Authentic and traditional in its diversity.
The name “garam masala” is Hindustani in origin, and just means “hot spices.” There are countless versions of this blend throughout the Indian subcontinent, as different regions and families each have their own recipes, so there’s no single “authentic” version – they’re all authentic. This one is authentically Kate’s, and will liven up just about any dish.
A little effort, a lot of return.
Of all the seasoning blends we make, this one definitely takes the most effort to create, so we make lots at a time. Garam masala doesn’t just involve mixing spices together, or even just grinding them. To get the right flavor, you do need to roast some whole spices before grinding this time. Don’t worry, it’s not as difficult as you think and it’s absolutely worth it!
More uses for garam masala.
I know knowledge of Indian flavors has improved as Indian restaurants have become more popular and Indian products are available in the grocery store. I can assume you are familiar with curry, naan, chai, and chutneys. However, garam masala has so many other uses.
We like to roast pecans with it, mix it in with popcorn, sprinkle on fried eggs, and make quick breads. You make Asparagus Punjabi Style, which is a great side dish for spring. That’s just a few things – so once you taste it, think about what else you’d like with it and do some taste-testing. It’s a task I guarantee you’ll enjoy.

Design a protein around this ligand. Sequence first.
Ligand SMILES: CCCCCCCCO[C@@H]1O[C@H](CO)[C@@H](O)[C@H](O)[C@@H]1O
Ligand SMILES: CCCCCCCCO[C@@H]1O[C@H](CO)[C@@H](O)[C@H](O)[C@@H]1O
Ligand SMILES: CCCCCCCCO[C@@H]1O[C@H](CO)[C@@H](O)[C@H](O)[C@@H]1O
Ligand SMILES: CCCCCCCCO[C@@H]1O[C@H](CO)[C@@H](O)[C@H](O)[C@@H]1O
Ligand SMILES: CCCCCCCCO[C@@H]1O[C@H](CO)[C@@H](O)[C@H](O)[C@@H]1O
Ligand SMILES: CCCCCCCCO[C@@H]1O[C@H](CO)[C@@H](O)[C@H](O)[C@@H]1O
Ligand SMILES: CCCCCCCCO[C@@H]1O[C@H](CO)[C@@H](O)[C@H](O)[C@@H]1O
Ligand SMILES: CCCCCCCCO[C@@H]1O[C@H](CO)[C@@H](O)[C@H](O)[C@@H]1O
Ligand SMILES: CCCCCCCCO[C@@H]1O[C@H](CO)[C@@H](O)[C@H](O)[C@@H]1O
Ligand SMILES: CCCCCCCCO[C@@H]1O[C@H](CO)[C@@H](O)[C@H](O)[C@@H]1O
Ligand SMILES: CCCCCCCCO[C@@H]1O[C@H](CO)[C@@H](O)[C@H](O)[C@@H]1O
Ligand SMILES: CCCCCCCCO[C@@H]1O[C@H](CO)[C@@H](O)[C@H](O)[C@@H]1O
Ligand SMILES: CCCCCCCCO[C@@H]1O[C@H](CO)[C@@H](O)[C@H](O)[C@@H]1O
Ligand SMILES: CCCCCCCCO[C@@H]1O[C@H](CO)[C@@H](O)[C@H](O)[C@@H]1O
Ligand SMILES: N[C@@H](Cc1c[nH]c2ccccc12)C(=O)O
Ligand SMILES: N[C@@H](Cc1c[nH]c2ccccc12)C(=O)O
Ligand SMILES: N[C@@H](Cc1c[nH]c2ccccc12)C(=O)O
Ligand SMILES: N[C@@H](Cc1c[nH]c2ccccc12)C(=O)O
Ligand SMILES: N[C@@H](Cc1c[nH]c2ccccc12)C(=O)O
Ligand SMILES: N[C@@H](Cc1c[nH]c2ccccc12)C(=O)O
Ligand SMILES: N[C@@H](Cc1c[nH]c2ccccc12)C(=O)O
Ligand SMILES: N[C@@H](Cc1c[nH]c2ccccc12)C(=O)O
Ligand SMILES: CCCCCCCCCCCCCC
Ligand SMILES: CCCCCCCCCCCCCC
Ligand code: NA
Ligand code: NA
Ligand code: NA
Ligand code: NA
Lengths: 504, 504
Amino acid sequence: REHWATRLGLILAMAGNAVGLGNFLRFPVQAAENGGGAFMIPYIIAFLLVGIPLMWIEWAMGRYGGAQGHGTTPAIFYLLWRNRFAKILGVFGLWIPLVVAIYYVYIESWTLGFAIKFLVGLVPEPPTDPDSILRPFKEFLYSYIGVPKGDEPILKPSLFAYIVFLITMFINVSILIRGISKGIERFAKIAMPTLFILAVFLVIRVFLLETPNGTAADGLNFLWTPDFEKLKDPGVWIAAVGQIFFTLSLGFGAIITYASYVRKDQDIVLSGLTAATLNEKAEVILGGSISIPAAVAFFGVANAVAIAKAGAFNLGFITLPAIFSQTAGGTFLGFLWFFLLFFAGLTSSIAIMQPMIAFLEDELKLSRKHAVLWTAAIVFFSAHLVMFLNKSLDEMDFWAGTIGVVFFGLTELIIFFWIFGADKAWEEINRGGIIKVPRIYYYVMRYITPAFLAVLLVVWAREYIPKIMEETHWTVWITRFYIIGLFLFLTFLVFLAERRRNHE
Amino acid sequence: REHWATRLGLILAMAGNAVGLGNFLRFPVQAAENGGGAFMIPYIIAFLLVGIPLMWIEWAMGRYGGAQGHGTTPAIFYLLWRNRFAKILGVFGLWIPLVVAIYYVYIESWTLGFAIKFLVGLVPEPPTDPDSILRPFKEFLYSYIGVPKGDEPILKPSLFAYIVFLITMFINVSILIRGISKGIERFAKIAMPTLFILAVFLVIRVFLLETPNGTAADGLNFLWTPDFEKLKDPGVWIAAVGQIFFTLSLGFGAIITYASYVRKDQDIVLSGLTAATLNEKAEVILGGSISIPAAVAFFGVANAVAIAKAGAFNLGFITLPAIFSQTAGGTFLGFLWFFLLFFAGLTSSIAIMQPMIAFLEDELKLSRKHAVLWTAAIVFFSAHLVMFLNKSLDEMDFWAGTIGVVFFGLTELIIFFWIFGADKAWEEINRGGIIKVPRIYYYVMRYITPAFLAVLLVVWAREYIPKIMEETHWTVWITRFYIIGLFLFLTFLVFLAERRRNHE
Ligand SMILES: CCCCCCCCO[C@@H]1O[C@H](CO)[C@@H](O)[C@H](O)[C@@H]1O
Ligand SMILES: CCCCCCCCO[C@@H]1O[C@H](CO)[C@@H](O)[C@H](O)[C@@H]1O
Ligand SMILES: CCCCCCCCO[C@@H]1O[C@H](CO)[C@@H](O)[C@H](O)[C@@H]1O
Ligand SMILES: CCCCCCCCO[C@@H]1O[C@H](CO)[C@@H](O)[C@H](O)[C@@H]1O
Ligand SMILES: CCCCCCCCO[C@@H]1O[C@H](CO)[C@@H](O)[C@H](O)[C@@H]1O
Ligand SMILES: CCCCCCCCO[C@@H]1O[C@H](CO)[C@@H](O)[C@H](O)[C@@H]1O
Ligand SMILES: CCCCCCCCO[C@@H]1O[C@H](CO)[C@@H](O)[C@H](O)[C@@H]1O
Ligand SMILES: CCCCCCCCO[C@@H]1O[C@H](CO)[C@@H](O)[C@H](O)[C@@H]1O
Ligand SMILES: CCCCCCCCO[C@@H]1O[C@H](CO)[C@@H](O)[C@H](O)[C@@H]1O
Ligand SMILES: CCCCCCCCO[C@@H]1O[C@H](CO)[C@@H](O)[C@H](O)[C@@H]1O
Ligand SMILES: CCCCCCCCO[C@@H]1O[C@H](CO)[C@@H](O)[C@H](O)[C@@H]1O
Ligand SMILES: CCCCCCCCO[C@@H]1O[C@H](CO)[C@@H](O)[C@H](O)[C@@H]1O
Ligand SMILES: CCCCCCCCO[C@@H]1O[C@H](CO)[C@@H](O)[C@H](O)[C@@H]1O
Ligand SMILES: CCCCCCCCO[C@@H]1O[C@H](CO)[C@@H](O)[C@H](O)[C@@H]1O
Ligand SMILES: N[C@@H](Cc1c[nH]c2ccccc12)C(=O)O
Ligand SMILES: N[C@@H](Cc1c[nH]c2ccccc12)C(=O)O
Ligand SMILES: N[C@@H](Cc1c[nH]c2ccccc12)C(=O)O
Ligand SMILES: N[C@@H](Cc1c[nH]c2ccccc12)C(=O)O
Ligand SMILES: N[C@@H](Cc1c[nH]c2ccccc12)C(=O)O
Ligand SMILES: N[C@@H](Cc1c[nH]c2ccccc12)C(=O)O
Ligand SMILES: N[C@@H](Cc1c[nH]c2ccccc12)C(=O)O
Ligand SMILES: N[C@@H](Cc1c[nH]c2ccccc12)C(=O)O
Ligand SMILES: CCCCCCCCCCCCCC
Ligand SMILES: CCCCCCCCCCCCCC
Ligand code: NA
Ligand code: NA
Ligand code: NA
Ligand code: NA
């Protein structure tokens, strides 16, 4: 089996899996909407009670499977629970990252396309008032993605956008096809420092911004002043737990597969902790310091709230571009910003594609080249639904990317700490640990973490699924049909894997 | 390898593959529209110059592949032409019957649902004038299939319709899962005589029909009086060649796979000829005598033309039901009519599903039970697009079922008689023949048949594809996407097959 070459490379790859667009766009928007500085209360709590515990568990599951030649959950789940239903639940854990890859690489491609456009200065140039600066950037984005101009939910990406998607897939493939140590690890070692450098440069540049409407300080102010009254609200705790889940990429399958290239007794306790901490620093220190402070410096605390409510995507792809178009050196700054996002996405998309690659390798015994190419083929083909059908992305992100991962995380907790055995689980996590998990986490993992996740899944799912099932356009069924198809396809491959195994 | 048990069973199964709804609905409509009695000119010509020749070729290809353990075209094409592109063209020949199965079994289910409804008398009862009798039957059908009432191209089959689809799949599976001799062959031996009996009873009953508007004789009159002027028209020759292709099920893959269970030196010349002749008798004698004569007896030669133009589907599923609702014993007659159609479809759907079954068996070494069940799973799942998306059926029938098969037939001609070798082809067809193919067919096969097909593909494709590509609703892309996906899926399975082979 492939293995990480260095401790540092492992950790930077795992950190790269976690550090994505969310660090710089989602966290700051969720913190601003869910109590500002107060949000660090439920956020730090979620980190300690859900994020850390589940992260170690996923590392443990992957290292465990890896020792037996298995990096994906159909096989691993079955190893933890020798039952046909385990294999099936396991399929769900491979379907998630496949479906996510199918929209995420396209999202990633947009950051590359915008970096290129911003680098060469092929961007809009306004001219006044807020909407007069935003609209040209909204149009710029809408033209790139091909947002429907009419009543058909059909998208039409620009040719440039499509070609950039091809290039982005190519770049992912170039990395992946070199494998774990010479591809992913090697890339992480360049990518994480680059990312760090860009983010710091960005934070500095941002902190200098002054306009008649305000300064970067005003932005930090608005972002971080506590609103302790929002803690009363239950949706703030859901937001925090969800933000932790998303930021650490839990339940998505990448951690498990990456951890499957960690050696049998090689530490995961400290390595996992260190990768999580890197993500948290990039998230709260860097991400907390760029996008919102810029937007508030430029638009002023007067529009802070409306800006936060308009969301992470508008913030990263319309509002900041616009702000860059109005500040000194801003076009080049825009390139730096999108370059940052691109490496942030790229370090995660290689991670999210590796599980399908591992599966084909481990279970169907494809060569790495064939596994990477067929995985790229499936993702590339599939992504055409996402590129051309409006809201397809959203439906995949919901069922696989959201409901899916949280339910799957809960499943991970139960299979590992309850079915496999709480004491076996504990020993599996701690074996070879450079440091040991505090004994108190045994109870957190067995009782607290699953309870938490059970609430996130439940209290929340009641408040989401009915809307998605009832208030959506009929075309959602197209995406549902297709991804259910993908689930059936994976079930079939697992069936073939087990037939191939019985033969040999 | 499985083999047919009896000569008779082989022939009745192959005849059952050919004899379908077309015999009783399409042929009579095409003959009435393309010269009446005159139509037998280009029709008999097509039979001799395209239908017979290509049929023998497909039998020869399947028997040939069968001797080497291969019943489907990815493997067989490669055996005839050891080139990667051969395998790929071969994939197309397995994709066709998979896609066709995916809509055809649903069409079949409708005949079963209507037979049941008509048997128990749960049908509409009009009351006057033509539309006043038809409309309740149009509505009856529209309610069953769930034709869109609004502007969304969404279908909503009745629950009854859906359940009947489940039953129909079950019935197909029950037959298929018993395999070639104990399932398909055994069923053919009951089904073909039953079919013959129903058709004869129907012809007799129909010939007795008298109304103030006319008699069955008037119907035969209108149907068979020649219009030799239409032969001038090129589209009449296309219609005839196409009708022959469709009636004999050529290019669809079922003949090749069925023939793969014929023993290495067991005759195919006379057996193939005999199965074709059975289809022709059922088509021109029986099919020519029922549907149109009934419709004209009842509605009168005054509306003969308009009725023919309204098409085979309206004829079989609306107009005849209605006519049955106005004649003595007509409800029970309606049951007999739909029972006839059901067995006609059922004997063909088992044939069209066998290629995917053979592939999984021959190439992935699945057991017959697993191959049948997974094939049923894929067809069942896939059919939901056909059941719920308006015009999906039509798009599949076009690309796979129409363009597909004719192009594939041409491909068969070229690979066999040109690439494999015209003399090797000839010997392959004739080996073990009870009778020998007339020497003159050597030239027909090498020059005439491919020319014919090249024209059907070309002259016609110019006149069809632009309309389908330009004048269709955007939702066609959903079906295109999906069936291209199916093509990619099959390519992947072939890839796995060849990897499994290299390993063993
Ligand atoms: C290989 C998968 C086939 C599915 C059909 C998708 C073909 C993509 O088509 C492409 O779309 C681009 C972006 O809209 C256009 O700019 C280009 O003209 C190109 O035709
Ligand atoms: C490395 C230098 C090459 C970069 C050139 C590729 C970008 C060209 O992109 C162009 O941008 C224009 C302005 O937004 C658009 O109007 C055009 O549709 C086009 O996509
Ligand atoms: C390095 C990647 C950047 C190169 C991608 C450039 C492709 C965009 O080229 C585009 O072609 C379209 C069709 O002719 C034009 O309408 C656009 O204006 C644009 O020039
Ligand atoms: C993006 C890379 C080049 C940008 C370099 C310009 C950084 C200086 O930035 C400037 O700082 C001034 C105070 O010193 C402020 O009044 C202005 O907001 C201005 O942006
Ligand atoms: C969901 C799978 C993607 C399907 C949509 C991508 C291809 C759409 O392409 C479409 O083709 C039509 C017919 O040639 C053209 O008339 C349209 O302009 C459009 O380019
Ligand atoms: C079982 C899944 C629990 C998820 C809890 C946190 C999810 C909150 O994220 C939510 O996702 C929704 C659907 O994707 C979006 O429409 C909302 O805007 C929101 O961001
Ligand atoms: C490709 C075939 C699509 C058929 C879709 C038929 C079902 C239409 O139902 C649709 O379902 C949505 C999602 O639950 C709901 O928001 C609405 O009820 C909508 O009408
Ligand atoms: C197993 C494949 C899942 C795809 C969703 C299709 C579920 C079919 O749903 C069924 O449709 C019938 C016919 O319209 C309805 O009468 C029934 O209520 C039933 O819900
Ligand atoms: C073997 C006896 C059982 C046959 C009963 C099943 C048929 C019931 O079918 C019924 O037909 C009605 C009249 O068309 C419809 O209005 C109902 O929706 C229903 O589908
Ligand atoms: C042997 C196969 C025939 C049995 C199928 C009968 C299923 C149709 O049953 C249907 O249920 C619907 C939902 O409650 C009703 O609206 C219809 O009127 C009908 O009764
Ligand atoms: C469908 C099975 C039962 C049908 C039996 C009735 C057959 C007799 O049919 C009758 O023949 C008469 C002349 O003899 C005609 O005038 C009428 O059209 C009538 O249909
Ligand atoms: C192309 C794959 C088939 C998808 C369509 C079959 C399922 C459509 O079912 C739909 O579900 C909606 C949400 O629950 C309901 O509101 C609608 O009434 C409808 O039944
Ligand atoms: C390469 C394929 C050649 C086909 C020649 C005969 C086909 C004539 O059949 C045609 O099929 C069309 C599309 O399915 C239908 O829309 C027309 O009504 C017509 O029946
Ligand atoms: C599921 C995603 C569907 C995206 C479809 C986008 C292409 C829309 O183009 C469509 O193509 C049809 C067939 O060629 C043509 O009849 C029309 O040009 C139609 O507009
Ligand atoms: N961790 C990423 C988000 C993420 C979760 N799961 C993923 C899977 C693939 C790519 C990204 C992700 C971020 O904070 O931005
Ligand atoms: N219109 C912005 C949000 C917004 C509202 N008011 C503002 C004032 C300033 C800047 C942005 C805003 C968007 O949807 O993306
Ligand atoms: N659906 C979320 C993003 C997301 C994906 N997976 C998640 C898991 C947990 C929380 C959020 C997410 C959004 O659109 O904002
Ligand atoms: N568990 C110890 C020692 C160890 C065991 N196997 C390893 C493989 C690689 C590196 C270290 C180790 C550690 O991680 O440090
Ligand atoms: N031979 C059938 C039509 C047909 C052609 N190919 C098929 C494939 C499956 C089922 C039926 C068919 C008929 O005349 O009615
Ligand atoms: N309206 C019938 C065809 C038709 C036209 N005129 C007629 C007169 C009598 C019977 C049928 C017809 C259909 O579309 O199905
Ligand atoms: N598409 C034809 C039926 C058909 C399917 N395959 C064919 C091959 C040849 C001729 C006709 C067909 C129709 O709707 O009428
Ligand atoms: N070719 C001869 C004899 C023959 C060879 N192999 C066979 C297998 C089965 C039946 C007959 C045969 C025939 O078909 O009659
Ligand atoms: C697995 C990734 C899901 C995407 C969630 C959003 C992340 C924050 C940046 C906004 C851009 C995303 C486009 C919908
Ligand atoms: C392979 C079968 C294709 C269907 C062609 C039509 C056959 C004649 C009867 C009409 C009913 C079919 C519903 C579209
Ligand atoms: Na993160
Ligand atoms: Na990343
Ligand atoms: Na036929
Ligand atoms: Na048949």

A final bit about masalas.
‘Garam’ isn’t the only masala (spice mixture). There’s chai masala, which just means ‘tea spices’. Chaat masala is a tangy blend for chaat – which are snack foods. One more example is tandoori masala, which is basically a meat rub used in a tandoor.
FYI, this recipe is also featured in our cookbook. (Shameless plug) We wrote our cookbook to answer the question, “What on Earth do I do with these seasoning blends?” We start each chapter with a recipe for a seasoning blend, then give you at least ten recipes to use it up. Clever, right?Print
Sweet, warming spices with a little heat meant to liven up just about any dish. This can be added at any point in the cooking process, including sprinkling on your food at the table.
1/2 cup coriander seeds
1/4 cup green cardamom pods, husks removed
1/4 cup cumin seeds
3 (4-inch) cinnamon sticks, broken up
2 tablespoons whole cloves
2 tablespoons black peppercorns
4 dried hot chiles, broken up
1 teaspoon ground nutmeg
- In a medium-sized pan over low heat, toast (don’t add oil or butter) all the spices except the nutmeg until they are a nice toasted color and fragrance. Stir frequently so you don’t burn them. Just a little warning, too – the chiles might be more fragrant than you can handle. If you want, leave them out in a bowl and then when the other spices are done cooking, pour them over the chiles. Either way, when the spices are done transfer them to a different bowl and allow them to cool to room temperature.
- Once cool, use a spice/coffee grinder or a processor to grind them to a powder. Return them to the bowl and mix in the ground nutmeg. Transfer to a jar for storage up to six months.
Dried hot chiles can be found in grocery stores that carry Mexican options. If you have an Indian grocer near you, that’s the best place as they will have the right kind of chiles.
Keywords: seasoning, spice, Indian food, masala
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